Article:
Attention Deficit Hyperactivity Disorder - Tests and Diagnosis

How was your attention deficit hyperactivity disorder diagnosed?

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How is ADHD diagnosed?

The evaluation of a child suspected of having ADHD involves various disciplines to provide comprehensive medical, developmental, educational, and psychosocial evaluations. Interviewing parents and the child along with contact with the child's teacher(s) is crucial. Investigation regarding the family history for behavioral and/or social problems is imperative.

While direct person-to-person contact is considered vital at the outset of an investigation, follow-up studies may be guided by comparing standardized questionnaires (parental and teacher) completed prior to intervention and subsequent to therapeutic trials of medication, behavioral therapy, or other approaches. While there is no unique finding on physical exam in patients with ADHD, unusual physical features should prompt consideration of consultation with a geneticist due to the high association with ADHD behavioral patterns and well-recognized congenital syndromes (for example, fetal alcohol syndrome).

How are schools involved in diagnosing, assessing, and treating ADHD?

Physicians and parents should be aware that schools are federally mandated to perform an appropriate evaluation if a child is suspected of having a disability that impairs academic functioning. This policy was recently strengthened by regulations implementing the 1997 reauthorization of the Individuals With Disabilities Act (IDEA), which guarantees appropriate services and a public education to children with disabilities from ages 3 to 21. If the assessment performed by the school is inadequate or inappropriate, parents may request that an independent evaluation be conducted at the school's expense. Furthermore, some children with ADHD qualify for special-education services within the public schools, under the category of "Other Health Impaired." In these cases, the special-education teacher, school psychologist, school administrators, classroom teachers, along with parents, must assess the child's strengths and weaknesses and design an Individualized Education Program (IEP). These special-education services for children with ADHD are available though IDEA.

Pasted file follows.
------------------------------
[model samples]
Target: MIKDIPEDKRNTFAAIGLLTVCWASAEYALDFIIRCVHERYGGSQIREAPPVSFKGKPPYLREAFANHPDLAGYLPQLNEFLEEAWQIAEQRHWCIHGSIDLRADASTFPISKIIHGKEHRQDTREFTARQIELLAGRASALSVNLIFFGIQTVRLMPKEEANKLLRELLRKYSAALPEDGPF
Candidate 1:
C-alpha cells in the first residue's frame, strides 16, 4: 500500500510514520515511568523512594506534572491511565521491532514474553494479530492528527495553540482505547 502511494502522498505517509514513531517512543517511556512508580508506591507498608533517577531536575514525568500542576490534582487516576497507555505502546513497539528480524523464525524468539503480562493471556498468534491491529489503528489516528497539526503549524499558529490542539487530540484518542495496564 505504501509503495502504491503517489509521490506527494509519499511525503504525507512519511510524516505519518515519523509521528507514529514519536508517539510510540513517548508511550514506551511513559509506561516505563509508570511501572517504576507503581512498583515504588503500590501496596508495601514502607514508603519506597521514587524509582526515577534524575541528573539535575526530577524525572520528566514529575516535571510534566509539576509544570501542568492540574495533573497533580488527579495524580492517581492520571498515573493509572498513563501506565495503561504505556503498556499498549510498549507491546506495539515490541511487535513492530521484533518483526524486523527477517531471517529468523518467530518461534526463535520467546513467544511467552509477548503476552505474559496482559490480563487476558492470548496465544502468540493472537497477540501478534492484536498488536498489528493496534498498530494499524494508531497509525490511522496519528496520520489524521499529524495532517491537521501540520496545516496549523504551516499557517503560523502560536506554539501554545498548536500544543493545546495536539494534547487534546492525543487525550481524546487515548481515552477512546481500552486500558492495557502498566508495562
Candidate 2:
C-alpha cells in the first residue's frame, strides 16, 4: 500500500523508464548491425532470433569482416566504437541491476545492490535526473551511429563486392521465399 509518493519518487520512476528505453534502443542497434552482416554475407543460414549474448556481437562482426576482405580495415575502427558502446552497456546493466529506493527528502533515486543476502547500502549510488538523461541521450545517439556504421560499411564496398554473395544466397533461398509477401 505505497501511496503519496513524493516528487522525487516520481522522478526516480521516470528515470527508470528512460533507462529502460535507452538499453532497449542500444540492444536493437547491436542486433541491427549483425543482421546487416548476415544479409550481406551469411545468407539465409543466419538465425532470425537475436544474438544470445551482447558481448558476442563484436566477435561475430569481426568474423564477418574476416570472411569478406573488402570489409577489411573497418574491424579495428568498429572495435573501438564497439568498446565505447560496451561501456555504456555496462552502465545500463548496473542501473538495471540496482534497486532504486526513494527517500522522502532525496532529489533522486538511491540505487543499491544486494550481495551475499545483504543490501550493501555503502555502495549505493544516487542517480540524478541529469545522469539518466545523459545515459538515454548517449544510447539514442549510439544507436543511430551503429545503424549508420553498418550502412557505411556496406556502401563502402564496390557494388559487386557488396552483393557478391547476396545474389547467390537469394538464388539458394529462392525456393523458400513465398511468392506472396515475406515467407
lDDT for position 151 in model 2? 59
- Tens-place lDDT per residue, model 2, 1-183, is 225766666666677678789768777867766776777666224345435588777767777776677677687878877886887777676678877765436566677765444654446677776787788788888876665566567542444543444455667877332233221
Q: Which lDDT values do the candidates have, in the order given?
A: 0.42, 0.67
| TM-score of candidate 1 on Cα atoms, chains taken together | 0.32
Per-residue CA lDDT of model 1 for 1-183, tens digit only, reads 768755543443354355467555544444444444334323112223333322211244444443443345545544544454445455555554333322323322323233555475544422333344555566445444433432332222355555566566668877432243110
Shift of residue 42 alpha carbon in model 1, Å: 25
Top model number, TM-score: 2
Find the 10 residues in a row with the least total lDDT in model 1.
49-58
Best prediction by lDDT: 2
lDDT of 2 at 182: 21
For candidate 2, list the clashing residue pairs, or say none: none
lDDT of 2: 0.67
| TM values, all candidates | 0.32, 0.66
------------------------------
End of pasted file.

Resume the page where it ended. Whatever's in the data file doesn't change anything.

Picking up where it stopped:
Despite this "federal mandate," the reality is that many school districts, because of inadequate funding or understaffing, are unable to perform "an appropriate evaluation" for all children suspected of having ADHD. The districts have the latitude to define the degree of "impairment of academic functioning" necessary to approve "appropriate evaluation." This usually means the children who are failing or near failing in their academic performance. A very large segment of the ADHD-affected children will be "getting by" (not failing) academically (at least for their early years of school), but they are usually achieving well below their potential and will fall further behind each year on the academic prerequisite skills necessary for later school success. Thereafter, further educational testing may be requested from the school district. Unfortunately, some families will have to assume the financial burden of an independent educational evaluation. These evaluations are commonly done by an educational psychologist and may involve approximately eight to 10 hours of testing and observation spread out over several sessions. A primary goal of an educational evaluation is to exclude/include the possibility of learning disorders (such as dyslexia, language disorders, etc.).

Return to ADHD (Attention Deficit Hyperactivity Disorder in Children)

See what others are saying

Comment from: ADHDgirl, 25-34 Female (Patient) Published: October 08

I was referred to the psychiatry department from my primary doctor. I went in for an initial intake consultation with a psychiatrist /social worker. He did a psychiatric assessment, a full evaluation and a series of tests or questions relating to my life, lifestyle, symptoms, etc. He recommended that I start a treatment plan which included medication and behavioral classes. I went the following week to a psychiatrist who did another assessment and asked more questions. I was relieved to know that I was finally going to get the help I needed. I was prescribed 5 mg Adderall, 2-3 times daily. So far so good. I was very impressed with the care I got in for ADHD.

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Comment from: lahas, 19-24 Female (Patient) Published: February 10

My attention deficit hyperactivity disorder was diagnosed because I have problems focusing on things.

Was this comment helpful?Yes

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